• For this project, we will use Pmod connectors to control the external devices. Similarly, we will map the input/output ports of the wrapper to the Pmod connectors. Feel free to choose the connectors you like but remember to take notes of what connectors you use for what devices. Figure and table below shows the pinout diagram and Pmod pinouts (from Zybo’s datasheet) of the Pmod connectors. One figure shows an example of using Pmod JE connectors for the project.

Step 7: Implementation and Generating Bitstream

  • Now you have finished configuring hardware for this project. Now is the time for implementing hardware and generating its bitstream.
  • Check out the “Flow Navigator” panel. Click on “Run Implementation” under “Implementation.” It will take a while, and you may get errors during implementation. Be sure to read error messages thoroughly and fix all errors. You can ignore warning messages but it would a practise for you to understand those warnings so that you can avoid them on your next project.
  • When the implementation is complete and all errors are fixed, click on “Generate Bitstream” under “Program and Debug.” When it’s done, click on “File” menu, “Export”, then “Export Hardware.” A new window will pop up, and make sure to check “Include bitstream” before clicking on “OK”
  • Click on “File” menu, then “Launch SDK,” then click “OK.” The Software Development Kit of Vivado will open.

Step 8: Building Voltage Amplifiers

  • Before we start working with coding, we may need to build a simple electronic circuit. You may notice that the supply voltage for the continuous and standard servos is 6V, but the PWM signal from the Pmod connectors you mapped on previous steps swings from 0V to 3.3V maximum. This may not enough to control the servos.
  • One simple solution for that is building a non-inverting amplifier. You may choose any operational amplifier (op amp) since the output frequency of the PWM is not too high. You do not have to worry too much about the gain bandwidth of the op amp. Figure below shows an example of how you can build a non-inverting amplifier. You may need to build one more for another servo.

Step 9: Creating Board Support Package

  • Now let’s get back to the SDK. The Vivado SDK provides an environment for creating software platforms and applications targeted for Xilinx embedded processors, and it is based on the Eclipse open source standard. SDK features include feature-rich C/C++ code editor and compilation environment, well-integrated environment for seamless debugging and profiling of embedded targets, and much more. You can find information about the SDK by Google-ing it.
  • On the left of the SDK window, you can see “Project Explorer” tab where you can open and edit your code for the project. Currently you will see a folder already there. That folder contains all hardware platform specification. Before working with some C code, let’s create a Board Support Packages (BSP) to wrap up the platform we just created. Click on “File” menu then “New Board Support Package.” A wizard will pop up to help you create the BSP.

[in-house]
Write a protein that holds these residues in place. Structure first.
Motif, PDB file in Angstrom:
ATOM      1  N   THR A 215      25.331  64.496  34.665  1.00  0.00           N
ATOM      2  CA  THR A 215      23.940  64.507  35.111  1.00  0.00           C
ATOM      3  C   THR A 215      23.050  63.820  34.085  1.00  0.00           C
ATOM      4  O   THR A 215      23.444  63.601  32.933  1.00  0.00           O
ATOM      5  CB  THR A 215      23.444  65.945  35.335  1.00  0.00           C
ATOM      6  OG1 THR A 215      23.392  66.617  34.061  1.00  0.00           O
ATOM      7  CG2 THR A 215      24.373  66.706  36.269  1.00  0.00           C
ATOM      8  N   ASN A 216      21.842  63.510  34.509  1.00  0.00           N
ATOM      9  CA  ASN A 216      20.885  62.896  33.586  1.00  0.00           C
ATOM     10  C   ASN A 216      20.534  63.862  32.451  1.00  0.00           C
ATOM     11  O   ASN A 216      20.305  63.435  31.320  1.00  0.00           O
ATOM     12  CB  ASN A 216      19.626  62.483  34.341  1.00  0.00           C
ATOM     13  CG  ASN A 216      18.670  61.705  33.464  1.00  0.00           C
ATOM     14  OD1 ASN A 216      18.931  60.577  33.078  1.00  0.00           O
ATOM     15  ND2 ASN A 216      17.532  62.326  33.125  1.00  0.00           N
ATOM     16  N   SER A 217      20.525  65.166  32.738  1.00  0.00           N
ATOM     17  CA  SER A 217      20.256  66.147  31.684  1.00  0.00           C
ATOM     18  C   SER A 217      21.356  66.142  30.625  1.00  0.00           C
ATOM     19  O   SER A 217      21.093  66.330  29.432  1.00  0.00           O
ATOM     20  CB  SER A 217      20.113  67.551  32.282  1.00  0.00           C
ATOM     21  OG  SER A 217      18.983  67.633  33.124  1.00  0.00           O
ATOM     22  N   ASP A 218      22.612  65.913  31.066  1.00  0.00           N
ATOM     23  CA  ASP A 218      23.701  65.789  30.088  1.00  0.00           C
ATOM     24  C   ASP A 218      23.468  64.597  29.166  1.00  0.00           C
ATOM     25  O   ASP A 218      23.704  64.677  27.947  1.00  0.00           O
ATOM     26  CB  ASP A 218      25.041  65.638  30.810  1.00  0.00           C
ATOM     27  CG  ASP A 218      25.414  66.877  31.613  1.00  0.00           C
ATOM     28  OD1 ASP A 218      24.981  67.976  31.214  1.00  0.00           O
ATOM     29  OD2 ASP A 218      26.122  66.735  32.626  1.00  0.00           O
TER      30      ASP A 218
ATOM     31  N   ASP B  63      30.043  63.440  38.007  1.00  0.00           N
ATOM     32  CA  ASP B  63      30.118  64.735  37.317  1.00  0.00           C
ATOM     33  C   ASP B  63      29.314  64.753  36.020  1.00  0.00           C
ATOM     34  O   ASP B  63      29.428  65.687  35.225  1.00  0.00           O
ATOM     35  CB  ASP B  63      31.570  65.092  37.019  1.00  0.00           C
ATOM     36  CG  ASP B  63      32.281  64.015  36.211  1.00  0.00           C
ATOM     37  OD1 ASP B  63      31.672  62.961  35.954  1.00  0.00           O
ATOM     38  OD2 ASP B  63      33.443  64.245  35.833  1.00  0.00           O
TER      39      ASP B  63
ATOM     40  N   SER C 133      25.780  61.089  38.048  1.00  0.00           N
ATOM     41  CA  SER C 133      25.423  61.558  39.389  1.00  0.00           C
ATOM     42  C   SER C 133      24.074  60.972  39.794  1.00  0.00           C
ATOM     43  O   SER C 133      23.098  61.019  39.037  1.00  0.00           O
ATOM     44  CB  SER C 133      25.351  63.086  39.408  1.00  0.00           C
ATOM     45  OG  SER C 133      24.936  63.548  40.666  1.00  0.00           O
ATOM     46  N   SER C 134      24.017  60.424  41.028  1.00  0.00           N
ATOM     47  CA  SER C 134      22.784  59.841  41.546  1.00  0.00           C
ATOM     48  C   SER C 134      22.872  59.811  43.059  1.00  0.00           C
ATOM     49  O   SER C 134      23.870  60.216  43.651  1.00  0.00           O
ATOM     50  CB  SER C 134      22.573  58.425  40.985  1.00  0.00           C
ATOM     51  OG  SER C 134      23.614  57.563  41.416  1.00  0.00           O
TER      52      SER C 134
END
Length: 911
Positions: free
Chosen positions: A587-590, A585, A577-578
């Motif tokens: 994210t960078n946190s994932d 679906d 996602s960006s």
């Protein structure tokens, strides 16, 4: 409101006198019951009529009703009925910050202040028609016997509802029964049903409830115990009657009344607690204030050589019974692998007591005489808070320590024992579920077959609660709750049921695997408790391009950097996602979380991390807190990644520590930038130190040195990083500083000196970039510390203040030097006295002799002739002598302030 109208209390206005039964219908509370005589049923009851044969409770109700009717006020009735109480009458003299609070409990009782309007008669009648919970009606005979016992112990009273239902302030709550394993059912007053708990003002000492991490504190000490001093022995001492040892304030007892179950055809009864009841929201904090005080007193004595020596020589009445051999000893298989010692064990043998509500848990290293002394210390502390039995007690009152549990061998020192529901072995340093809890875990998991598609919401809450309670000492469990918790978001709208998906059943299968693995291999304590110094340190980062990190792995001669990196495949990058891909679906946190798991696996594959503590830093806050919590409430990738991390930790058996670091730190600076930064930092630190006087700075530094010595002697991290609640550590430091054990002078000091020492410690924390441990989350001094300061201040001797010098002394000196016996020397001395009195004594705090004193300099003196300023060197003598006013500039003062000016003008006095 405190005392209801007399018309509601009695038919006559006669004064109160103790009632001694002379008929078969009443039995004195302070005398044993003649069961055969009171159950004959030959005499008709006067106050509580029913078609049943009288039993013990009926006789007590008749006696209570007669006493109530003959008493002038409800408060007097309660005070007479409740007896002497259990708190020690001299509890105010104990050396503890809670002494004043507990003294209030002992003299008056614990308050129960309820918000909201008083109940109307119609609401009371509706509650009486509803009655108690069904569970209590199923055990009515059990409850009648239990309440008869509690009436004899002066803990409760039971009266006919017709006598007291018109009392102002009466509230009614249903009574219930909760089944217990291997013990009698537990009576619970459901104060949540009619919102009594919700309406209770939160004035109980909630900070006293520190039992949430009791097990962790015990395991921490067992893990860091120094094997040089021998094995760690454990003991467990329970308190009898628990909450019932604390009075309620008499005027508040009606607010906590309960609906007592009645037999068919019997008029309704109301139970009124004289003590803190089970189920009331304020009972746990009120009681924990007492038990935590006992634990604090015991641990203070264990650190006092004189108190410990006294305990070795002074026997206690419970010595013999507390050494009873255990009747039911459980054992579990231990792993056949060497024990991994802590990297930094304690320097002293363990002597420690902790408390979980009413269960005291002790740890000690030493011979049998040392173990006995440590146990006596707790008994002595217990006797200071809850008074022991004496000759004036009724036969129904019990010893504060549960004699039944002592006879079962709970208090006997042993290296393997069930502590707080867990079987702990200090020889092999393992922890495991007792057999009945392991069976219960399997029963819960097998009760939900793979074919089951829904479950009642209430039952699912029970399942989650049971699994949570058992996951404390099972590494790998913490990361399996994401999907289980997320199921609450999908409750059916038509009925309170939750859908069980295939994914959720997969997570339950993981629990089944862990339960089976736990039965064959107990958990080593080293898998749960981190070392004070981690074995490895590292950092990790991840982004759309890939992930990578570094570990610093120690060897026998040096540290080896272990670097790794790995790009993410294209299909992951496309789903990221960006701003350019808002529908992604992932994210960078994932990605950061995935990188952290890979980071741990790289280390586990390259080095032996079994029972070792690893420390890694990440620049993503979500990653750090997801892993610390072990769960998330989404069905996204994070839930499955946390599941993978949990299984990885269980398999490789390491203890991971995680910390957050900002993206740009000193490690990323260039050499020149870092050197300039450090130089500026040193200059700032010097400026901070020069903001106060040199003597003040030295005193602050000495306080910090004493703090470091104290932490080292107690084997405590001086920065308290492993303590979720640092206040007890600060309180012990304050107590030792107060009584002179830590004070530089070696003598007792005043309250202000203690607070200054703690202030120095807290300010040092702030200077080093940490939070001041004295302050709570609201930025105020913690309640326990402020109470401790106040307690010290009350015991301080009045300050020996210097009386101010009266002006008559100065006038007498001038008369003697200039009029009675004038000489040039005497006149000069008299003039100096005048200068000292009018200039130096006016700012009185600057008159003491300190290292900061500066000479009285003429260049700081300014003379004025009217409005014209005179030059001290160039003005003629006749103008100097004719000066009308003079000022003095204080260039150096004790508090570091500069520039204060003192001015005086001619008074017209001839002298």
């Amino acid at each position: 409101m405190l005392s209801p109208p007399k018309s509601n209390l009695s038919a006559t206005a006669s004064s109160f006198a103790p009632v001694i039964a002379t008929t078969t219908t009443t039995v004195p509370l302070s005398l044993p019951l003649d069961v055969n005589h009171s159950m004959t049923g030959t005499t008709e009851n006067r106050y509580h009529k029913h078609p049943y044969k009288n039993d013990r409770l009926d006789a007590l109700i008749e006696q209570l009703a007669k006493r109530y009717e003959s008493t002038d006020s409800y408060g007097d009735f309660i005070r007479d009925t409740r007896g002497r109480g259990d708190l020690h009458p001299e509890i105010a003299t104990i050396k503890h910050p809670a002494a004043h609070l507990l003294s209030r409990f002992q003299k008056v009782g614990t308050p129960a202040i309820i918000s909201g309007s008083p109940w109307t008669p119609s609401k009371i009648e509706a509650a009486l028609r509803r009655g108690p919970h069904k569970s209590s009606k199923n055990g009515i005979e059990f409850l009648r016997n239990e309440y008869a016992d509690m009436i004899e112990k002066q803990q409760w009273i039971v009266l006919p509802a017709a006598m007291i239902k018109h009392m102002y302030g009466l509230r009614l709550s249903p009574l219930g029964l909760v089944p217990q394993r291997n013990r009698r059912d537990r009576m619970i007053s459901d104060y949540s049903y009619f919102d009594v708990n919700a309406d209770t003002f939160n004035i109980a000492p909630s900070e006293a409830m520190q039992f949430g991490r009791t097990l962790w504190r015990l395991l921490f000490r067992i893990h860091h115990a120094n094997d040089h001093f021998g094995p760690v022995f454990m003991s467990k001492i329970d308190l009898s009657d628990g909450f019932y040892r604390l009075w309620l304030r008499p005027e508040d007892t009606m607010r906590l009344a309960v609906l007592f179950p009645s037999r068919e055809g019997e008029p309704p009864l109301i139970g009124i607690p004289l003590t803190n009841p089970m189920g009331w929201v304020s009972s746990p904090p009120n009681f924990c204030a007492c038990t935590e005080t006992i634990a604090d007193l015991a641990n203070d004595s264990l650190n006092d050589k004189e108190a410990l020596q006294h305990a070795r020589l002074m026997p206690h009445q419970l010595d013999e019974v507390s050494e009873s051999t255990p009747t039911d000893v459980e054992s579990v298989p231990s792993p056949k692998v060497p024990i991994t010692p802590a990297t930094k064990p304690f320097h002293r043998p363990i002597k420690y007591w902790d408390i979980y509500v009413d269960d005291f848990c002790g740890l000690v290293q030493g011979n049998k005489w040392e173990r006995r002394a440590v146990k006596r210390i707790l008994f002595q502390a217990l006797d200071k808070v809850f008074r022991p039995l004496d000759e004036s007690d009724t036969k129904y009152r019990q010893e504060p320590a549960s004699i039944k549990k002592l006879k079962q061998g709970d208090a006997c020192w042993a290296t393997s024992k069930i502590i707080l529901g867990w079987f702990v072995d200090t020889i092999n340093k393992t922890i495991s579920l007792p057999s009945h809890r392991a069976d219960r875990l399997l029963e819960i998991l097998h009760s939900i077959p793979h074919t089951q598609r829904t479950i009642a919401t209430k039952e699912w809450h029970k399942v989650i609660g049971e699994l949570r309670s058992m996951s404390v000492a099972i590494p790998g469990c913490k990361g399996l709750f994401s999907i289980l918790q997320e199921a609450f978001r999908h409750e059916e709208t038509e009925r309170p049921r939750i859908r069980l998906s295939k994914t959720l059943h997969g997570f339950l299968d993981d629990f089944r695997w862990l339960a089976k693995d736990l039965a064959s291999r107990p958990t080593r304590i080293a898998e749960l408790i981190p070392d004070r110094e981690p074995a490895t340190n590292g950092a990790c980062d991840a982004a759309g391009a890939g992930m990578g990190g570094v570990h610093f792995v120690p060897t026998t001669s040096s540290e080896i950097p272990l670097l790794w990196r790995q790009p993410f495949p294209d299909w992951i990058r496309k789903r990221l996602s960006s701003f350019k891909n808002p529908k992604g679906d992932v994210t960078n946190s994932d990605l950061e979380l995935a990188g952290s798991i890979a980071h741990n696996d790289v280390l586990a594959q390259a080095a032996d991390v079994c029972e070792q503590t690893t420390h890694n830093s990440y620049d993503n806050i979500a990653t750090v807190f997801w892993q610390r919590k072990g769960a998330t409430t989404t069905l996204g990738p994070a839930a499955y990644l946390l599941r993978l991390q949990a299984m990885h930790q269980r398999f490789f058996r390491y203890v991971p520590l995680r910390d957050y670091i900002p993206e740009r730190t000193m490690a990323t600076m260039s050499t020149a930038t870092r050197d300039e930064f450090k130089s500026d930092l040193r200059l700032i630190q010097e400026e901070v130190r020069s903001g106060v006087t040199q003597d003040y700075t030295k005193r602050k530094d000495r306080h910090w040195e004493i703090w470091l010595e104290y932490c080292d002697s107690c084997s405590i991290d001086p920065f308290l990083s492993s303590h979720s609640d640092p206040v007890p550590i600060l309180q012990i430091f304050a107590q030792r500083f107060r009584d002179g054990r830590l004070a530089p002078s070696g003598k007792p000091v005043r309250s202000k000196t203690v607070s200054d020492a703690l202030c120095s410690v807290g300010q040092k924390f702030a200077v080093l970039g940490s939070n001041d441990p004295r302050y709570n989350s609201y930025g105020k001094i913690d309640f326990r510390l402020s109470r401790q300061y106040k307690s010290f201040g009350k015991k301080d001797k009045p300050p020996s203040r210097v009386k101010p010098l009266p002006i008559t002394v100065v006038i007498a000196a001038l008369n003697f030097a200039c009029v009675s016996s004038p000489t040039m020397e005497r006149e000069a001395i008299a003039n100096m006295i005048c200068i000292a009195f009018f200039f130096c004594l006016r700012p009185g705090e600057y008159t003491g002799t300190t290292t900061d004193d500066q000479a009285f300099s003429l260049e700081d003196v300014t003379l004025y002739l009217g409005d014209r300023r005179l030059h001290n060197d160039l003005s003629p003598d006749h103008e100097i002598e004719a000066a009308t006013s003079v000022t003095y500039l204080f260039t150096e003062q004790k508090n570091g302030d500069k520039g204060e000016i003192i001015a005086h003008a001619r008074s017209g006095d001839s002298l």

• We want to tie this BSP with our Platform that we just created, so “Hardware Platform” should have the same name with the folder mentioned above.. Our CPU will be the “ps7_cortexa9_0” which is the first core CPU. We can also choose for the BSP to be for our “ps7_cortexa9_1” CPU (the second core). Upon clicking “Finish”, you will see the drivers that are included in “Project Explorer.” Be sure to check off “lwip141” for inclusion with the BSP and hit “OK”
  • Now you see that a file called “system.mss” is opened. This file, called Board Support Package” includes all peripheral drivers that we included when building hardware blocks in previous steps. For example, you can see axi_gpio_0 is included in the peripheral drivers. You can find some useful information and examples of how to use the AXI GPIO in “system.mss.”
  • Another useful file is “xparameters.h” which can be found inside “include” folder in “ps7_cortexa9_0” folder (if you chose first core CPU) or “ps7_cortexa9_1” (if you chose second core CPU). This is the parameter file for our Vivado defined Zynq processor. Figure in this step shows some useful parameters of axi_gpio_0.

Step 10: Importing FreeRTOS Project

  • Download the latest FreeRTOS release from Sourceforge. You can Google it easily. After that, extract the FreeRTOS files into your project directory.
  • FreeRTOS is a popular real-time operating system kernel for embedded devices, and it is designed to be small and simple. The kernel itself consists of some C files. It also provide methods for multiple threads or tasks, mutexes, semaphores, and software timers. You can find a lot of examples and instructions how to use FreeRTOS for your next project.